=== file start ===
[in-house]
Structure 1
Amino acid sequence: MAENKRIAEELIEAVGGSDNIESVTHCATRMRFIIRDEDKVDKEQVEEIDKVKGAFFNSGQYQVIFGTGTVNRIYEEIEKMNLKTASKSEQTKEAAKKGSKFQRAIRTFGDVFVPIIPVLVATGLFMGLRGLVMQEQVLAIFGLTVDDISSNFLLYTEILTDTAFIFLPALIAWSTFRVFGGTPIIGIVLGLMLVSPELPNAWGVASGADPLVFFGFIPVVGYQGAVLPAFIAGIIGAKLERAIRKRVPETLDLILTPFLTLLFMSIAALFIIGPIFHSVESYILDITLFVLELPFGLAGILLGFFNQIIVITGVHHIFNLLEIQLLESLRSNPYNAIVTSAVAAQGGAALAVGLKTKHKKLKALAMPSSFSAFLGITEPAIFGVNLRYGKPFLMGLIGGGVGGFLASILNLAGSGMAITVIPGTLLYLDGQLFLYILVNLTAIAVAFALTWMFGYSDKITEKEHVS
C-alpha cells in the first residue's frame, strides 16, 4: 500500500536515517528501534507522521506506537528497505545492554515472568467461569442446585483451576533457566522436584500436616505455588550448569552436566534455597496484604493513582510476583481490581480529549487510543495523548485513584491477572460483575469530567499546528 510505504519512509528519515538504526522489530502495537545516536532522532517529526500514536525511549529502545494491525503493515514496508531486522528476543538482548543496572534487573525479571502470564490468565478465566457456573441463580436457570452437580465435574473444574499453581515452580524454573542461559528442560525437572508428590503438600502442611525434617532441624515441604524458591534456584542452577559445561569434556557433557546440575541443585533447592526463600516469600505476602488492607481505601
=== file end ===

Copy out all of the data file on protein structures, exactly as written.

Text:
[in-house]
Structure 1
Amino acid sequence: MAENKRIAEELIEAVGGSDNIESVTHCATRMRFIIRDEDKVDKEQVEEIDKVKGAFFNSGQYQVIFGTGTVNRIYEEIEKMNLKTASKSEQTKEAAKKGSKFQRAIRTFGDVFVPIIPVLVATGLFMGLRGLVMQEQVLAIFGLTVDDISSNFLLYTEILTDTAFIFLPALIAWSTFRVFGGTPIIGIVLGLMLVSPELPNAWGVASGADPLVFFGFIPVVGYQGAVLPAFIAGIIGAKLERAIRKRVPETLDLILTPFLTLLFMSIAALFIIGPIFHSVESYILDITLFVLELPFGLAGILLGFFNQIIVITGVHHIFNLLEIQLLESLRSNPYNAIVTSAVAAQGGAALAVGLKTKHKKLKALAMPSSFSAFLGITEPAIFGVNLRYGKPFLMGLIGGGVGGFLASILNLAGSGMAITVIPGTLLYLDGQLFLYILVNLTAIAVAFALTWMFGYSDKITEKEHVS
C-alpha cells in the first residue's frame, strides 16, 4: 500500500536515517528501534507522521506506537528497505545492554515472568467461569442446585483451576533457566522436584500436616505455588550448569552436566534455597496484604493513582510476583481490581480529549487510543495523548485513584491477572460483575469530567499546528 510505504519512509528519515538504526522489530502495537545516536532522532517529526500514536525511549529502545494491525503493515514496508531486522528476543538482548543496572534487573525479571502470564490468565478465566457456573441463580436457570452437580465435574473444574499453581515452580524454573542461559528442560525437572508428590503438600502442611525434617532441624515441604524458591534456584542452577559445561569434556557433557546440575541443585533447592526463600516469600505476602488492607481505601